The Courier News from Blytheville, Arkansas on February 13, 1948 · Page 2
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The Courier News from Blytheville, Arkansas · Page 2

Blytheville, Arkansas
Issue Date:
Friday, February 13, 1948
Page 2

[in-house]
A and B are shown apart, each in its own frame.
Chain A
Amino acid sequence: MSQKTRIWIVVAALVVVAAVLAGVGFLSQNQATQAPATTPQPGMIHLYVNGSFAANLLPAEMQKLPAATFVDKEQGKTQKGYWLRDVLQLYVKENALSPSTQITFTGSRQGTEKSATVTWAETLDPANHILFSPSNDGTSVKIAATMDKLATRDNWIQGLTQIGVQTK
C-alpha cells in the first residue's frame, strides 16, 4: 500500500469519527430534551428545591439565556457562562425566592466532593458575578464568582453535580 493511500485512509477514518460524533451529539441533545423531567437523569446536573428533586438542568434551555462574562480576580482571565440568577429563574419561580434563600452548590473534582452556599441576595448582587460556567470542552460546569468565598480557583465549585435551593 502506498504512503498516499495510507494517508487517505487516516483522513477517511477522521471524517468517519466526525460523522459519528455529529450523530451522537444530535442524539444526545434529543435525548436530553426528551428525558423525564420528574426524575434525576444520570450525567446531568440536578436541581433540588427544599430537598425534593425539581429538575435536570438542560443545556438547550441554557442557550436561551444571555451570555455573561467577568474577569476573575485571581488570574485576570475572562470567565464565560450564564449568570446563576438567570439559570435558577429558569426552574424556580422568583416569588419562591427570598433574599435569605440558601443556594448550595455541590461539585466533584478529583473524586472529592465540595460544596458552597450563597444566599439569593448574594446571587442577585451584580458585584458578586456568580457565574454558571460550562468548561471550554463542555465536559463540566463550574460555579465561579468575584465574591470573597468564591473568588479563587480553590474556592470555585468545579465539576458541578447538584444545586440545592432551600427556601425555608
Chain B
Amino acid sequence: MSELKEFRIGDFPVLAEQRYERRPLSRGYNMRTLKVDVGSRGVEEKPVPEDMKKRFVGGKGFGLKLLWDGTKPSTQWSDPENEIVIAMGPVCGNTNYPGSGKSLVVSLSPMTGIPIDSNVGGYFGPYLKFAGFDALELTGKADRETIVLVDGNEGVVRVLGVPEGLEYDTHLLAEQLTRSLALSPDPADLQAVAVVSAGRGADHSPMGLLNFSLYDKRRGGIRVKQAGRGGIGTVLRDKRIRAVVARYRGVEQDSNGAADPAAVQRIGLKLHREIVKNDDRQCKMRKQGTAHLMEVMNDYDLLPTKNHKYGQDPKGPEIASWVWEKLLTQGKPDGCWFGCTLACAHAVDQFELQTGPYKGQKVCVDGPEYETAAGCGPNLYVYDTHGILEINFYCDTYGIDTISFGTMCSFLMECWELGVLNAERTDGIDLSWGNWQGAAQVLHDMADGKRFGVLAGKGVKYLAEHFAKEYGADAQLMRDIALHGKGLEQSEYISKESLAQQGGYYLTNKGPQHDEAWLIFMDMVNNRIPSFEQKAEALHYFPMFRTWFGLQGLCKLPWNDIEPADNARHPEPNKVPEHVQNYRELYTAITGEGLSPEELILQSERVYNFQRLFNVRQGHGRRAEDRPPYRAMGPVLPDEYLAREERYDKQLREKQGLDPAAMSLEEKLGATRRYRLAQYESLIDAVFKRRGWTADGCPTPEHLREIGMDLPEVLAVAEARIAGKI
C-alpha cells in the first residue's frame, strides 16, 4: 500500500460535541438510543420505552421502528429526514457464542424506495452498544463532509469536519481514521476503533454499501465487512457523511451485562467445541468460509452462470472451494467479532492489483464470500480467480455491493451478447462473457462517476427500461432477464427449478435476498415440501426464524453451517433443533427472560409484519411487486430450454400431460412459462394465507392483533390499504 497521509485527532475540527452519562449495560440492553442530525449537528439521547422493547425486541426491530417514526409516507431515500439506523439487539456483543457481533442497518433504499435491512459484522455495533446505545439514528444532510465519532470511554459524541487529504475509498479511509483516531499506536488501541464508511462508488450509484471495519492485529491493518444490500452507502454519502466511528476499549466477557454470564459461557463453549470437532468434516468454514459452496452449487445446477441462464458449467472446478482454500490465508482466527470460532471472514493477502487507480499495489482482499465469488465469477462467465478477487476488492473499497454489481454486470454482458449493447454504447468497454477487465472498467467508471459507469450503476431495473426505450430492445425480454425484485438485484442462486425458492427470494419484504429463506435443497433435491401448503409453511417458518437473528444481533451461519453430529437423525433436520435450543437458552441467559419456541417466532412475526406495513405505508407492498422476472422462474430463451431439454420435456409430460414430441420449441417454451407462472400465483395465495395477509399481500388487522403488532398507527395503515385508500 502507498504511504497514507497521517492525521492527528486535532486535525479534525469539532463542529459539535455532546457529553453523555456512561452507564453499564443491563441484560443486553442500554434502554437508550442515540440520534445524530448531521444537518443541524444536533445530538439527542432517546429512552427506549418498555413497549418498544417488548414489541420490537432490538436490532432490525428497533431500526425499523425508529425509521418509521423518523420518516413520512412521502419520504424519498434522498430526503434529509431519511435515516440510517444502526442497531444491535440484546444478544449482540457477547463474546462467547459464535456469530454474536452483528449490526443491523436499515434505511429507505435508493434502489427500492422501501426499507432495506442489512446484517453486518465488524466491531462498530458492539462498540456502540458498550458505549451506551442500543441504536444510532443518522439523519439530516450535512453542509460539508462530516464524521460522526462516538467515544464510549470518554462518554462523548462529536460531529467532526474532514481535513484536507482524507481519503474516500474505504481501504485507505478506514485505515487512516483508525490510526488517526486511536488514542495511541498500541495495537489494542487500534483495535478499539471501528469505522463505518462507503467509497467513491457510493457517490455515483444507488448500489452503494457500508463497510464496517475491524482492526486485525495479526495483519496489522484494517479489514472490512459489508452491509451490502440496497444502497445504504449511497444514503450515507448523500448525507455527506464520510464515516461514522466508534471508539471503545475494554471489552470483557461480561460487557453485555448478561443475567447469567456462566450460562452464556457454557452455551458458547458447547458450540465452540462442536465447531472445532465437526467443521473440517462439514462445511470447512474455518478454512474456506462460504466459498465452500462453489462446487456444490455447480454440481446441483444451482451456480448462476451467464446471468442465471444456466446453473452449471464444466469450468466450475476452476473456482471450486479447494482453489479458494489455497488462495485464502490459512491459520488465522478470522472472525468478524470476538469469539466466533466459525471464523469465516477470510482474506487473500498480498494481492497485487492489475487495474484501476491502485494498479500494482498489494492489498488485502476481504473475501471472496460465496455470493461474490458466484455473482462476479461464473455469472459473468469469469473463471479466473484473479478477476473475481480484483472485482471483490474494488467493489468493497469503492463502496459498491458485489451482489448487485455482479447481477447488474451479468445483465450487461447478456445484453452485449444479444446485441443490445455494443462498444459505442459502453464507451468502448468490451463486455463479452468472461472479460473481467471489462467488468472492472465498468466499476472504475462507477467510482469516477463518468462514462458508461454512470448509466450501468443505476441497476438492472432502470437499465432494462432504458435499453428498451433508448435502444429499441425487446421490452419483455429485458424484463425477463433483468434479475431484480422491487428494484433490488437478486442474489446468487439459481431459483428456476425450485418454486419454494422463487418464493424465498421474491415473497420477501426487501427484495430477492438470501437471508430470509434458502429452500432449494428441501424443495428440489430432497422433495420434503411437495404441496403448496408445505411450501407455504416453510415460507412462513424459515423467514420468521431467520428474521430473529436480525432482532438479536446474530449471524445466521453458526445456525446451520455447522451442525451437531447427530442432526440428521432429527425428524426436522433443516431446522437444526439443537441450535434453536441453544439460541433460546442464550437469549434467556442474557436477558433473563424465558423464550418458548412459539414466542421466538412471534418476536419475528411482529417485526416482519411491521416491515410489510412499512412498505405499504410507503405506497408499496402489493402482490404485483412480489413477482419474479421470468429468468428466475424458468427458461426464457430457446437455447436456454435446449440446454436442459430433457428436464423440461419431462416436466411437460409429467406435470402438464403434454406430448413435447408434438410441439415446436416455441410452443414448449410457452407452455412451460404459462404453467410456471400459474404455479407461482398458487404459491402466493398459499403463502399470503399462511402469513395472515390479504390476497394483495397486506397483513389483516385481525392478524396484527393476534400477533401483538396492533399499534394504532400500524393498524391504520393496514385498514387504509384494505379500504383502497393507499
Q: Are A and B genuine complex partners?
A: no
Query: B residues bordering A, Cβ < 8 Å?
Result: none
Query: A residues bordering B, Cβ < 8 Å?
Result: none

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PACK TWO BLYTHEVILLE (ARK.) COURIER NEW? Mississippians Bitter Toward Truman and Civil Rights With Plans in Making for Real Battle By Harold UoiUi Prw< SUH Correspondent MCICSOP. Hip., J"*b. It. (UP.)—Mississippi Democratic leaders the gun on other Southern states today and backed up Gov. fielding L. Wright In hU call for an "AJl-aouth" meeting to plan > ilcht OR Prwident Truman's civil rights proposal!, Man tliao 5,000 Misslsslppians * responded to Wright's call and met here yesterday—on Lincoln's Birtli- day—to organise "all'true white Je.'IerionUn 'Democrats" against tin Prwld«Dt'> "anti-Southern" program* Thejr cheered Wright when he ehwf*d that Northern party 'taad- «n "tart tiolen from ui th« DMtwntle Party" uid boo«d lu- tHy whenever Mr. Truman'* nanw was mentioned. The Democrats approved a resolution calling (or a conference here of all Democratic leaders who sympathize with "Southern tradition" to map plant for withholding the Southern electoral vole from Mr. Truman. • No date ras set for the meeting, but the plan WAS regarded AS » rebuke to other Southern governors who voted a 40-day "cooling-off period in the red-hot dispute in a meeting at Wakulla Springs, Fla. Sast WMlt-end. The governors conference decided to meet again within w dnys to decide .what steps to take in regard to the President's program for fair employment, antl-lynch, anti-pall tax and anti-Jim Crow legislation. A high school band blared out the measures of "Dixie" as representatives of every precinct in Mississippi Jammed the city auditorium. They heard Wright condemn Northern Democratic leaders for the civil rights program nnd declare "we gre going to have to run those scalawags nut and keep them out," Sen. John Steanli, Theodore G. Bilbo's successor, flew from Washington and pledged a "fl|ht to the finish" to prevent passage of the I'iealdent'* proposed civil rlghli laws. He urged MisslsslpplanR and other Southerners to hold back their electoral votes In the next presidential election or cast them for a Southerner unless Northern Democratic leaders stop their so-called attacks on Southern Institutions. Mississippi Democrats should make a calm, deliberate decision, ftennia snld, and "when your decision reaches. Washington it will be like u tornndo." Sen. James O. Eustlnnd, who proposed the electoral vote "withholding plnn" some weeks ago, was unable to attend the meeting because of Illness, Buy Lycurgns Spinks. an unsuccessful caudldttlc for goveiiior in the lest primary, told the meeting: 'The only difference between President Truman and Henry Wallace is that Wallace hands out Ills red pills nnd you tuke them raw while Truman hands out his in capsule form." Heart Disease Heed Not Keep Victims From Useful Activity Rickey Expecting ! Contract Trouble With Eddie Stanky NEW YORK, Feb. 13. (UP)Branch Rickey ws« working his way up lo the letter "S" todty at which time he expects to have a full head of steam to deal with second baseman Eddie Slanky In his alphabetical disposal or Brooklyn Dodger salary problem*. Aside from Ne«ro Jackie Robinson, whom he moved out of rotation in order to provide an appropriate headline for Abraham Lincoln's birthday, Rickey has been signing hii players more or leas In alphabetical order. Thus Jar he has gotten to Cal Abranu, Dan Bankhead. Jack Bantu, Hank Bermnan, Bobby Bragan, Ralph Branca, Tom Brown, and Hugh Casey, In Just about that order. The methodical rn»»t«r of th« Dodger destlnlen virtually wound up the "B-C" section oJ negotiations yesterday without resorting to headache i»wdcr when he revealed lhat his portly relief pitcher, Casey, had gone on the dotted line for about si7,000. Robinson, the "guest star" in the "B-C" group, said he was "very pleased" with his new contract, which was believed to be for about »15,000. Rickey, who admitted he might have a "few holdouts" also was expected to have trouble when he got to Pete Reiser, his veteran outfielder who wants 120,000 or a raise of about $5,000. Stanky, who said at his home in Mobile, Ala., that he wns offered "about $40,000 worth of baseball knowledge and a very small raise" In a conference with HIckey, indicated he was "slUinir tight." Dixie Demo Senators Worried About Blocking Racial Issue Barman* L»hr (UnlUd Pru. Staff Correspondent) WASHINGTON, Feb. 13. (UP)— Southern Democratic senators appear more worried than ever today about their chances this year of blocking legislation aimed at racial UMUM. Their only effective weapon is the filibuster—continuous talk under the Senate's loose rules of debate coupled with ability to capitalize on parliamentary tactics of delay. Some Southern leaders fear they will be unable this year to scrape up the vote* needed to defeat a clo- lure motion putting a limit on debate. A clotunt motion requires a two- thirds vote, and Its appproval allows each senator to speak for only one hour thereafter on th« pending bill. None has been idopted by the Senate since 1921. In recent yean, Southerners have been supported by some Republicans In defeating attempts to shut oft debate on antUlynchlng, anti- poll tax and fair employment prac- tice bills. Southern foes of those measures view attcmpu to pass them as a mere political contest between Republicans and Northern Democrat! hustling for the votes of Negroes and other minorities In such politl- ard Upton, all of Steele. Mo., L. E. Faulkner of Paragould, Joe Mar- llii of Osccola. Hays Sullfvnn of Burdette and Earl Oliver of Bly- thevllle. cally Important states as New York and Illinois. They fear that they can depend on less Republican support this year to block a cloture motion. One of them gave this explanation: In his recent message asking civil rights legislation, President Truman put the Republicans on a spot which may force them to try to tighten party lines und pass at least one over Southern opposition. According to this view, the Republicans dare not let Northern Democrats accuw them of blocking FRIDAY, FEBRUARY IS, 1948 MEDICAL TEST PROVED this simply great to relieve 'PERIODIC' FEMALE with uncomfortable Art you ttoubltd by dl«tr*M of f*- njk.t functional monthly dluurb- fti.ces? Uoti thU mtk« you sun** from pain, feel 10 nervous, rejtteu c ran Icy, w<tk— at such tlmei? Thea 00 try (»moiu LytiU x, Plnkh«m'» Vegetable Compound to r*ll»y* luch »y nip to mi ! In •> r»c*nt medic*! tMi H prav«d r*mtrlr*bljr helpful to «om«a troubled till* *•»;. Tou ow« it to 1/ovrttlf to try It. Pink h am'a Compound ta what Doctor* call ft uwtln* ftedattf*. it JIBS a grand toothing effect on OTIC of wouldn't rnott (mporlant organs T»ken — pound helps build up against »uch dlAtrwe. A •tomachic tonic! NOTE. Or you o»r ft»(e* LYDIA. B. PINKHAM S TABLETS with ,<td*A Iror,. v f wviKun » mv« ir^purianj organs. rirsKHAM'S TABLETS with .rfded Iron Lydia E. Pink ham's VEGETABLE COMPOUND' By Mare I. Partoni ' NEA Staff Correspondent NBW YORK, (NBA)—Can persons having heart disease work? -Yes." That'* the answer, with reservations, made by Dr. Leonard J. Gold. Hater, professor of Industrial Hv- giene at the School ol Public Health, Columbia University. Goldwater, In a report soon to be published by the American Heart Association, point- 1 ; out that a study of 2000 unselected heart patients attending a New York clinic re- ductive activity. Nor ia the ability to work limited to certain types ot heart victims. "Capacity for work." Ooldwntcr says, "depends on the severity o[ the disease rather than the type.' However, he points out thai some severe types of heart disease "require complete bed rest or very strict limitation ol physical or mental activity." A physician, preferably one familiar with the physical demands of the job to be performed, should make the decision. "In 1938 there were, at least *,000,000 persons in the United States , with some form of heart disease," Goldwater says. "With the steady aging of our population, this number rill increase through additions to the ranks of those'whose heart and blood vessels show ths effect of this aging process. Productive employment of heart victims is one of the problems to which the American Heart Association Heart Association ia devoting time, money and study. ''It ii sound economics and good •etiology to keep u many u pos- aible of tne« men and women from becoming burdens to their families, their communities and to themselves. They must be permitted to be useful members of the society as Jong as this U reasonably possible." Goldwater alto believes that per- .»ons with heart diseases are good employer risks. "The employe who has a physical impairment wants desperately to keep his Job. His attitude toward the job and the employer reflects that desire. "If the individual is placed in a job which an experienced physician believes Is suitable, there is little or no risk beyond that to which a normal person would be subjected," he says. v Tn certain dusty trades, he says, heart disease may result from damage to the lungs from Inhaled dust, but "there Is no evidence that the physical exertion required by any ordinary type of occupation can in itself produce heart disease. "IF the blood vessels are already diseased, exertion may result in a pain in the region of the heart." Goldwater points out that moat authorities believe there It no re- based mainly on the fact that more than hnlf of all acute attacks occur while the victim Is asleep or at rest, while only two per cent are associated with unusual exertion. He recommends the following program to communities that want to help increase the employment possibilities ol people with heart diseases: 1. See that adequate lacllltles exist for finding and selecting Jobs for persons with heart discuses. 2. Educate employers to the ad- of employing handicapped workers. 3. Educate the public to the fact that within reasonable limits and, under medical supervision, a great majority of persons having heart disease may safely work and otherwise lead fairly normal lives. 4. Develop vocational training programs. Read Oourler New« Want Ads BOUI LI-DUTY NOSI D*0?l Worts Where Most Colds Start Don't delay! At the first wamlmj sniffle or sneeze, put a few drops of Vlcks Va-lro-no! in each nostril. For if use A In time. Va-tro-nol heJpj prevent many UM-M... DELICIOUS BAKED CHICKEN! • Snow Flake Potatoes • Pride of Illinois Corn • Early June Peas • Pineapple Salnrl • Coconut Pie • Anv Drink GET ALL THIS SUNDAY FOR ONLY A, B. HONEYCUTT Manogtr $ 1.00 GOFF HOTEL COFFEE SHOP 41« Wwt Main Strut Fire Follows Explosion In Home, Injuring Three NASHVILLE. Tenn., Feb. 13. (UP) ' —An explosion followed by fire cle- i stroyed a three-story, 122.000 resi- ' dence in a fashionable West End : NisiivJlle area early today, Injuring three persona, none seriously. ! Mr. and Mrs. Preston Bisslnger 1 escaped from the blaring house by crawling through a hole In the roof, and his brother, Marvin, was rescued a few minutes later by firemen. Marvin Bisslnger said he thought the explosion was caused by a leaky gas pike which gas company repairmen had been unable to locate during the past two weeks. Travel Film is Shown At Rotary Luncheon Members of. the Rotary Club were shown a technicolor rilm on a tour of Mexico at their weekly meeting yesterday noon In the Hotel Noble. Quests at the meeting were J. T. Klnnlngham, Leon Earls nnd On- REPAIR NOW AND SAVE! Save time . . . Save Monty . . . Save Worry. . . . gave further expense un repairs and replacements by eatchlni body damages white they're relatively slight »nd havinf them repaired by Iff Motor Sales expert workmen. Low rales on easy terms If you desire. Immediate aervlcs—n* waiting! WE REMOVE DENTS QUICKLY... All Work is Fully Guaranteed! LEE MOTOR SALES 307 East Main Street CMC TRUCKS Phone 519 OLDSMORILE VKKSVATROMOL Phon* 2028 to suit icr • Jusl listen to llie lisling! Blacks, browns, cordovans, whites, two-tones, crepe soles, rul>l>i soles, leather soles, city slices, country shoes, e port shoes... ! Man, we've got the shoes you Want! Come see how handsome you'll look in tlir-m! MARTIN and BOYDSTON Phone 3331 Blytheviltc th» disputed rr.e+titret. DELICIOUS WAFFLES Ar« Alw«y» in Seation! TRY THEM AT THE Nickel Stand 1«» W«it M»ln gtreoi Local & Long Distant* Hauling Moving a Specialty Anytime — Anywher* Any Pise* Buck Meharg 401 E. Main St. Phones: Day 4677 Night 2986 "Buy Your." at City Drug Co. 101 East Warn St. Name Brands • LIQUORS and • WINES • Surplus Army Shoes • Combat Boots • Overshoes • Rubber Boots Anderson Shoe ^hop * Ply.thlng Store RADIO REPAIR 1 AND 3 DA? SERVICE ON ANY MAKE OR MODEL RELIABLE WORKMANSHIP. PHONE 2642 We call for and Deliver FRED CALLIHAN Electrical Appliance Co. Authorized Motorola Rat!!* Sales and Serrlcw 106 South First 8L Steel Oil Barrel Racks Any RIM T. L. MABRY 4« MISSOURI 8T. PH. 391 FOR SALE Concrete Building Blocks Aquella Water Proofing Paint 12-48 inch CONCRETE CULVERTS plain or reinforced Osceola Tile and CULVERT CO. W« Deliver Phone «91 via Guaranteed RADIO REPAIR by Expert Call 811 Brooks Music Store L 107 E. Main Concrete Tile Sewer Tile Sties «, 6 and S Inch Culvert Tile Sites 10, 12, 15, 18, 21, 24, Jo and 36 Inch A. H. WEBB «> »^ Stale Lln« Take a food took. Do your family's shots need mending, new heels, soles? Let our experts do the job! Hfl LTCRS QUflLITY SHOC SHOP 121 W. MAIN ST. Free Delivery Call PICKARD'S GROCERY Phon« 2043 104.1 Chickasawba I Have On Hand At All Times Several tractors and equipment . . . both new and used ones JOHN DEERE. FARMALL and other makes. Also, I have for sale at all limes 70 to 80 head of mules. Terms can be arranged. Will trade for most anything you have. New Ford Tractors Ready for Delivery F. C CROWE First National Insurance Agency FOR COMPLETE PROTECTION Phone 2311 108 North 2nd St. BILL WILSON CHARLES BITTNER BEN WHITE & SONS GENERAL CONTRACTORS MAIN OFFICE- -NORTH TENTH ill 111 Phone 3151